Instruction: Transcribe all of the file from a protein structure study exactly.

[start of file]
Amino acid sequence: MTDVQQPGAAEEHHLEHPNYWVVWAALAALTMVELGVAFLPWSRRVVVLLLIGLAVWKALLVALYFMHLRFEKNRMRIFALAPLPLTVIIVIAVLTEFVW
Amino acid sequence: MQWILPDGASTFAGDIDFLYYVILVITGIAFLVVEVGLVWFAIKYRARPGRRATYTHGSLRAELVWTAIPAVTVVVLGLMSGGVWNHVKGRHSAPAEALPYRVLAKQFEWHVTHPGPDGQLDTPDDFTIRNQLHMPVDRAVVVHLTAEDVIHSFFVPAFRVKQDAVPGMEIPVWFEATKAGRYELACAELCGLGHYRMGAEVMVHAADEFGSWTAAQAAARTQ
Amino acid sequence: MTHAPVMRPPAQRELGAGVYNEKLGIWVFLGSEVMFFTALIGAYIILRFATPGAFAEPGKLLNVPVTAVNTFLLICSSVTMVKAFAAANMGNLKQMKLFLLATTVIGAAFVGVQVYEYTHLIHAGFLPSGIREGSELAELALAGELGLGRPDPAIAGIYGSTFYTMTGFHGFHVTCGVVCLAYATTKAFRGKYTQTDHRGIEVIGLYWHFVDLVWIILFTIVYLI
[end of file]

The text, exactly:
Amino acid sequence: MTDVQQPGAAEEHHLEHPNYWVVWAALAALTMVELGVAFLPWSRRVVVLLLIGLAVWKALLVALYFMHLRFEKNRMRIFALAPLPLTVIIVIAVLTEFVW
Amino acid sequence: MQWILPDGASTFAGDIDFLYYVILVITGIAFLVVEVGLVWFAIKYRARPGRRATYTHGSLRAELVWTAIPAVTVVVLGLMSGGVWNHVKGRHSAPAEALPYRVLAKQFEWHVTHPGPDGQLDTPDDFTIRNQLHMPVDRAVVVHLTAEDVIHSFFVPAFRVKQDAVPGMEIPVWFEATKAGRYELACAELCGLGHYRMGAEVMVHAADEFGSWTAAQAAARTQ
Amino acid sequence: MTHAPVMRPPAQRELGAGVYNEKLGIWVFLGSEVMFFTALIGAYIILRFATPGAFAEPGKLLNVPVTAVNTFLLICSSVTMVKAFAAANMGNLKQMKLFLLATTVIGAAFVGVQVYEYTHLIHAGFLPSGIREGSELAELALAGELGLGRPDPAIAGIYGSTFYTMTGFHGFHVTCGVVCLAYATTKAFRGKYTQTDHRGIEVIGLYWHFVDLVWIILFTIVYLI